In an interview with Gehirn & Geist (2012), Prpf. Konrad Beyreuther, one of the leading researchers of Alzheimer’s disease worldwide, talks about growing old and age-related prostration processes. He explains that everybody would get Alzheimer’s, if only he grew old enough. This means that the disease is inevitable and thus a fixed part of ageing. It is true that there is no ultimate cure for dementia yet, but there are possibilities to postpone the disease so that maybe one even does not live to see it.
Konrad Beyreuther confirms that cognitive disturbances start on average with 75, but that the disease sets in already 30 years before its outbreak. We can for example detect Alzheimer’s through an analysis of fluid biomarkers in the brain, showing protein depositions which are typical for Alzheimer’s disease. Diagnosing Alzheimer’s oneself is difficult, but the first thing that one recognises is often that he can hardly concentrate on two things at the same time anymore. As soon as the first deficits emerge, a diagnosis is essential for further future plans.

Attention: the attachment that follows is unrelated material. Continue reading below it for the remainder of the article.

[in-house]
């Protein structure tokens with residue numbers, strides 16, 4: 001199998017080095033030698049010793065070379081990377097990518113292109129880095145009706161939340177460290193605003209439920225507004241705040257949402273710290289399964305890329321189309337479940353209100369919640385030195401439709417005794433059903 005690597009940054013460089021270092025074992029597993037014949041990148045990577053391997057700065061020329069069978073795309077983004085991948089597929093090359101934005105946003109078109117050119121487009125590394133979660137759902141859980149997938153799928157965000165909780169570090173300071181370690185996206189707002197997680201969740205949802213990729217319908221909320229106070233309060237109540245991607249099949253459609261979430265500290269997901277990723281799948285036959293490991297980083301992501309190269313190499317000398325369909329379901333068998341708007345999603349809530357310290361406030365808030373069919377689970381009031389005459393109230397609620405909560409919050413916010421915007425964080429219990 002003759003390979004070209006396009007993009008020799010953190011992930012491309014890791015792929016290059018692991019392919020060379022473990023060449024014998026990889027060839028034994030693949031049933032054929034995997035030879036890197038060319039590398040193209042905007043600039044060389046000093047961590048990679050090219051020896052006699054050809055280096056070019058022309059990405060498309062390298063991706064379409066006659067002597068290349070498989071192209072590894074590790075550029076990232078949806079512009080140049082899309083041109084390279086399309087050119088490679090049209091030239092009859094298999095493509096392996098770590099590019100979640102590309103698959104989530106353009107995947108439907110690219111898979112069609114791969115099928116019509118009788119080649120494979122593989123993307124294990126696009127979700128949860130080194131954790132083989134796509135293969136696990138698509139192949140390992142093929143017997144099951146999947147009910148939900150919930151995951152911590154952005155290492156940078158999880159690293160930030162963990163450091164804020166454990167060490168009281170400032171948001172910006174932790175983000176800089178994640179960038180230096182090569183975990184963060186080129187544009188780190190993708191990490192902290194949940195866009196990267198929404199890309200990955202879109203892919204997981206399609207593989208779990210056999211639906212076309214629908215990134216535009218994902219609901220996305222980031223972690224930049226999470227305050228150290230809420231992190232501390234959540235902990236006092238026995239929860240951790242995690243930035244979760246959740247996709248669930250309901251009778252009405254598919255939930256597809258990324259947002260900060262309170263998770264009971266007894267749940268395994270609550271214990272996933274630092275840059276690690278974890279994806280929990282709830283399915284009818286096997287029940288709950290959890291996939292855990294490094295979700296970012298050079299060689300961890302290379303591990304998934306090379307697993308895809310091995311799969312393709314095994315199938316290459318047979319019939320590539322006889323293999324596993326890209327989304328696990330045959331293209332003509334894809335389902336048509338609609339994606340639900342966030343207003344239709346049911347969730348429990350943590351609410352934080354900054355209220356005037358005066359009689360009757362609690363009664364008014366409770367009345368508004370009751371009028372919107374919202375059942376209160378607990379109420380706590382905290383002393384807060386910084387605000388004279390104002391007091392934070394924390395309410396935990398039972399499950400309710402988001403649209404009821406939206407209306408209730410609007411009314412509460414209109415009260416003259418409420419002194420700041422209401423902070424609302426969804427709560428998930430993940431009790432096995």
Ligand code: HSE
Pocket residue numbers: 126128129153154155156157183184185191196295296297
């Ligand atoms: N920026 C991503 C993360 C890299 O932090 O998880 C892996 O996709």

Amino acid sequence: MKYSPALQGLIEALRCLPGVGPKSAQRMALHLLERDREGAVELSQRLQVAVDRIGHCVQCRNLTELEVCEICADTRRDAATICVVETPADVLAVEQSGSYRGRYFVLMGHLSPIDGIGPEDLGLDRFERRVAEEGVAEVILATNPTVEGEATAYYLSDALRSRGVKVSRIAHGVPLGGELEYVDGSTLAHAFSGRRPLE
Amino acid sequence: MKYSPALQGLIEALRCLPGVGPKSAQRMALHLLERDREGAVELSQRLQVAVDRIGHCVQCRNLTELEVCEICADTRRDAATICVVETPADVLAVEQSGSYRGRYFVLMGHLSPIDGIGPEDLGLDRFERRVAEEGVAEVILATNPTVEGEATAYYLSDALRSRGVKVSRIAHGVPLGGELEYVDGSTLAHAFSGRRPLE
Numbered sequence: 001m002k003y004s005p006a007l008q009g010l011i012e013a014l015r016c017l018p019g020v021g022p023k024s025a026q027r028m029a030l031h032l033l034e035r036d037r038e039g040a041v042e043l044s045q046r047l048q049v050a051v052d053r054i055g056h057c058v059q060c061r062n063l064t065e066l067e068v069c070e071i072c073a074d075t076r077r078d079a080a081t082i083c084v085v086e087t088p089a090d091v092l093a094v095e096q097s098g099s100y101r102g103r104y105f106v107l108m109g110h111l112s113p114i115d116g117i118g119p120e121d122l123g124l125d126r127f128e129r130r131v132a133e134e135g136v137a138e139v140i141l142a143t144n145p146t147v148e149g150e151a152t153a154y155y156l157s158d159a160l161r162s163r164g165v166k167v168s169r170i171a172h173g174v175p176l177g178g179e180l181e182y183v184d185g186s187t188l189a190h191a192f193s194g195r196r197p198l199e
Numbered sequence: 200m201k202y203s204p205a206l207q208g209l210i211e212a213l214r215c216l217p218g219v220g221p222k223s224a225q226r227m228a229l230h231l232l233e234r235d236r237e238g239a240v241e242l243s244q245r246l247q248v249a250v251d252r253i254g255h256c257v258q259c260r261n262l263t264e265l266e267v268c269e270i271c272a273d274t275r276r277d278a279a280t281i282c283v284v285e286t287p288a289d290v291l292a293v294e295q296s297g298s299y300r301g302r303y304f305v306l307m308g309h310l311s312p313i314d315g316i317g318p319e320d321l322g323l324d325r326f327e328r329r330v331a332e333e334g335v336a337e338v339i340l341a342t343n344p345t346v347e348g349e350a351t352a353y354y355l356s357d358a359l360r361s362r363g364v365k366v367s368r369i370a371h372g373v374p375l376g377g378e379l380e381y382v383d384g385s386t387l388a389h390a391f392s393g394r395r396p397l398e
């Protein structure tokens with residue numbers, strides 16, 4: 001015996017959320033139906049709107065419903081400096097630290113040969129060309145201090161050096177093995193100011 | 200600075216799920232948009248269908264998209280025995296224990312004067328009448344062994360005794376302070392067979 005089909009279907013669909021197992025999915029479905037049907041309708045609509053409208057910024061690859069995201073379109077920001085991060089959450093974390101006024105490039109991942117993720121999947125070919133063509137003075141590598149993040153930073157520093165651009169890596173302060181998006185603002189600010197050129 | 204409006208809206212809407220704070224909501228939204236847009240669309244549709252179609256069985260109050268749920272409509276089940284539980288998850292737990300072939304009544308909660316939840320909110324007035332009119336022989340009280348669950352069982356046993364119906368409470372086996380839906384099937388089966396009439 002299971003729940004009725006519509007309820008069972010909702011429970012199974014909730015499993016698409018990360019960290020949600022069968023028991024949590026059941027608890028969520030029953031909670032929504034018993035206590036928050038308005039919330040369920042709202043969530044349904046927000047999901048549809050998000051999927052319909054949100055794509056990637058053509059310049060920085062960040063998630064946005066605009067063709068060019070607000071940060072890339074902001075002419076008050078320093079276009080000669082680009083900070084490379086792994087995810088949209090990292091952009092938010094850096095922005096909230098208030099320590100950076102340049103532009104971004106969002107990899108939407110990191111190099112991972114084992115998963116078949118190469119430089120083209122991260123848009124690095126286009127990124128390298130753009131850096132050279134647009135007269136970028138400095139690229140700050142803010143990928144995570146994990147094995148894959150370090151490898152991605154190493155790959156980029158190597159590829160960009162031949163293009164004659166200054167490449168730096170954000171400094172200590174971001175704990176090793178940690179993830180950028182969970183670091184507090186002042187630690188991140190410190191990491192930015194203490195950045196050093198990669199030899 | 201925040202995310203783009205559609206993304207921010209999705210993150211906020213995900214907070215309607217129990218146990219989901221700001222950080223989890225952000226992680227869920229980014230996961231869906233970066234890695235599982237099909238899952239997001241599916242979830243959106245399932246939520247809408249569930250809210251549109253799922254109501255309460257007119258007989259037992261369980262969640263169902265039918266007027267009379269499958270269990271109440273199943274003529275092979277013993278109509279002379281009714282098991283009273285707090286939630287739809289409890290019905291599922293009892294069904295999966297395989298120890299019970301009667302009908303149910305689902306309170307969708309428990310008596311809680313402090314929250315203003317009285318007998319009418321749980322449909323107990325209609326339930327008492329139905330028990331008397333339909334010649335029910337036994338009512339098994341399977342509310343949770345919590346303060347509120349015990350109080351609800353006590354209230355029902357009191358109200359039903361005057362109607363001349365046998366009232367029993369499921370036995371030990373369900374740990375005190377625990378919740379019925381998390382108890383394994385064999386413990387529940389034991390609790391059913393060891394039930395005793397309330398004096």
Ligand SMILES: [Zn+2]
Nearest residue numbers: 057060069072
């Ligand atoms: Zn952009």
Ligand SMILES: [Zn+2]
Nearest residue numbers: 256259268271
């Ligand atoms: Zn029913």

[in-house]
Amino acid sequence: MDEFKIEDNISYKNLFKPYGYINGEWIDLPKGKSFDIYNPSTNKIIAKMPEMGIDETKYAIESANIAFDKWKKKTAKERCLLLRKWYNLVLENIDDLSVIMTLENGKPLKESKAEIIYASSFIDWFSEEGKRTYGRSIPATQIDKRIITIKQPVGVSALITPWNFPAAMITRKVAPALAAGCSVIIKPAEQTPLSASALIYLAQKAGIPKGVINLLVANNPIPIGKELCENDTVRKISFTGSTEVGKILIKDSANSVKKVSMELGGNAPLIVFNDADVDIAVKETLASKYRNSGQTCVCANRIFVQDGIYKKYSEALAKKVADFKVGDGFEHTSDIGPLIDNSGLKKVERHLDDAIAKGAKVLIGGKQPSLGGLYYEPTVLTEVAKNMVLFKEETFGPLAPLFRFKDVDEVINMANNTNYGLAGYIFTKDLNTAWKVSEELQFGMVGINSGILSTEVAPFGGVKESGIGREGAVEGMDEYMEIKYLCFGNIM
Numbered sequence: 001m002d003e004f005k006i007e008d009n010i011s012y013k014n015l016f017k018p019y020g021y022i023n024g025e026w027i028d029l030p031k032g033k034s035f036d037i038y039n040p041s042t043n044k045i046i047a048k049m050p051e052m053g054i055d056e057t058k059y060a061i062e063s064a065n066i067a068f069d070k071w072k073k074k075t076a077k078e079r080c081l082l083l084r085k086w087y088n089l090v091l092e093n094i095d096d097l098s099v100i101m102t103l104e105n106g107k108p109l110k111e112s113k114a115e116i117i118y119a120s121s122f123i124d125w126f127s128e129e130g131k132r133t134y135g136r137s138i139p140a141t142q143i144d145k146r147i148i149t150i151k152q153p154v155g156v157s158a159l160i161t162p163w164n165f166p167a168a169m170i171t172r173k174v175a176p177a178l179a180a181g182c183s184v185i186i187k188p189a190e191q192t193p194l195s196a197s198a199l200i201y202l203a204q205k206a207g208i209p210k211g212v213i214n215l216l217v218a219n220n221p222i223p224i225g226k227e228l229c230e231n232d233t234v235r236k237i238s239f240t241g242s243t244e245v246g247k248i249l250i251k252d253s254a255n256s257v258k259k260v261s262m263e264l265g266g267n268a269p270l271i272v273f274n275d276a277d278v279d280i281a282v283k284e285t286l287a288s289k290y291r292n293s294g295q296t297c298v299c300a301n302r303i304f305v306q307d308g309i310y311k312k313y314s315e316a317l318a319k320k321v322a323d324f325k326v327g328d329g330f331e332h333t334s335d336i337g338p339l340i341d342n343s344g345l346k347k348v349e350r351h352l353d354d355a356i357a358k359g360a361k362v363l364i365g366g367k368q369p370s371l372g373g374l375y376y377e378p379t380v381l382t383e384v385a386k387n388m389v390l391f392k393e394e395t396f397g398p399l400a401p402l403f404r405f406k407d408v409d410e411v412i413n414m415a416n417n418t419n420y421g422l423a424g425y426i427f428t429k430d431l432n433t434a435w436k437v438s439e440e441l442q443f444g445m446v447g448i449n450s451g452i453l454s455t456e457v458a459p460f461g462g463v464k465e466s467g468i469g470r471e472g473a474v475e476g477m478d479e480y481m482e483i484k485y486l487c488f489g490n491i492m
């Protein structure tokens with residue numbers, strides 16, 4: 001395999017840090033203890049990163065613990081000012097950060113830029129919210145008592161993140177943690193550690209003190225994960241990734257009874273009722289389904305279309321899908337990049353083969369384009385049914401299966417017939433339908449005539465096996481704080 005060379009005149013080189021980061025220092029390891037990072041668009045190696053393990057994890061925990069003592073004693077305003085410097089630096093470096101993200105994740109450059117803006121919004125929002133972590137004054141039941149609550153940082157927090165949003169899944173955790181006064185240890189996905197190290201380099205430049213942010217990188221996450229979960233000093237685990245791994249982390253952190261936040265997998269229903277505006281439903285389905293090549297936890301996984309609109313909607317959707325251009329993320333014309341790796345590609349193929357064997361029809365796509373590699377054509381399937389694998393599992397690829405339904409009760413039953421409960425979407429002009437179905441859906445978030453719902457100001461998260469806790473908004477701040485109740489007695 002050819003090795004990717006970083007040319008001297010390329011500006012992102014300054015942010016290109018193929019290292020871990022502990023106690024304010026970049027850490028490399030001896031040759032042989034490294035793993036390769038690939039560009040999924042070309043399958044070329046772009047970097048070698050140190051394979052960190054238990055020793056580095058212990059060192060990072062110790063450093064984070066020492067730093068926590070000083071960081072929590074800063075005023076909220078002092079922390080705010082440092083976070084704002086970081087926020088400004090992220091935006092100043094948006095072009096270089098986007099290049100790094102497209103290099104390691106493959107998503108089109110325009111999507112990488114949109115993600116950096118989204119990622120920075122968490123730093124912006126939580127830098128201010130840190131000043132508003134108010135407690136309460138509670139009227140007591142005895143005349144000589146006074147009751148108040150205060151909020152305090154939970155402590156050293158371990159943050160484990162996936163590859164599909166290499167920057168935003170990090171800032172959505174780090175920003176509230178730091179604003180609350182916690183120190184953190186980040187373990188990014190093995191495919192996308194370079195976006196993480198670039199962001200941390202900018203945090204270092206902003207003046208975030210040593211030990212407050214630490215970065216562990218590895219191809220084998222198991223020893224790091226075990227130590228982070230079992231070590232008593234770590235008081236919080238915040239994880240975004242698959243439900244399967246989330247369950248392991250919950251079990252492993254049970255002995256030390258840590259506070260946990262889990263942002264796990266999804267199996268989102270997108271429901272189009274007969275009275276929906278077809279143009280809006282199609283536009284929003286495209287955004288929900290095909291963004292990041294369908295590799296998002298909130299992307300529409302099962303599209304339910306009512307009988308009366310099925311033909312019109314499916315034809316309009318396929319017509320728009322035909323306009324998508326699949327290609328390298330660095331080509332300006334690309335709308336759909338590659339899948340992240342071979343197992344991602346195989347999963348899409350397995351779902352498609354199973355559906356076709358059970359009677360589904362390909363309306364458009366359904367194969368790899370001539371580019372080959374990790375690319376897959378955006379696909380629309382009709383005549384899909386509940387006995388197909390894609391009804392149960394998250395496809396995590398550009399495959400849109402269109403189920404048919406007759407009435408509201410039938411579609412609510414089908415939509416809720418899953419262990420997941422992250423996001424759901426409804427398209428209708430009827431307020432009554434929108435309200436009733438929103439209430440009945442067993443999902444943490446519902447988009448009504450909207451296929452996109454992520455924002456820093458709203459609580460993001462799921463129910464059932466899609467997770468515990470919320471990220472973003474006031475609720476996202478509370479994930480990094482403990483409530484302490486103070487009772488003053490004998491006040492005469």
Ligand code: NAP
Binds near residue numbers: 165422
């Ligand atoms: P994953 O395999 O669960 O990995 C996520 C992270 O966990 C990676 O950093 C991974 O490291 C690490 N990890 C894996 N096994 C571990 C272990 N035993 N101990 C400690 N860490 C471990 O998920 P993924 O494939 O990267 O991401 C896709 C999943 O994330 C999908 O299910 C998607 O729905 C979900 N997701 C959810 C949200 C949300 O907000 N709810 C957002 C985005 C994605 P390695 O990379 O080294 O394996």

Despite various diagnostic possibilities, there is no cure for Alzheimer’s disease yet. However, the risk for developing Alzheimer’s decreases drastically when you exercise regularly and stay mentally active. A change in diet can also help prevent the disease the brain burns a lot of energy and needs omega 3 fatty acids, mainly contained in linseed oil and fish. Moreover, a healthy diet rich in fibres reduces the risk factors for a cardiac infarct and stroke, which correspond nearly 100 % with those for Alzheimer’s.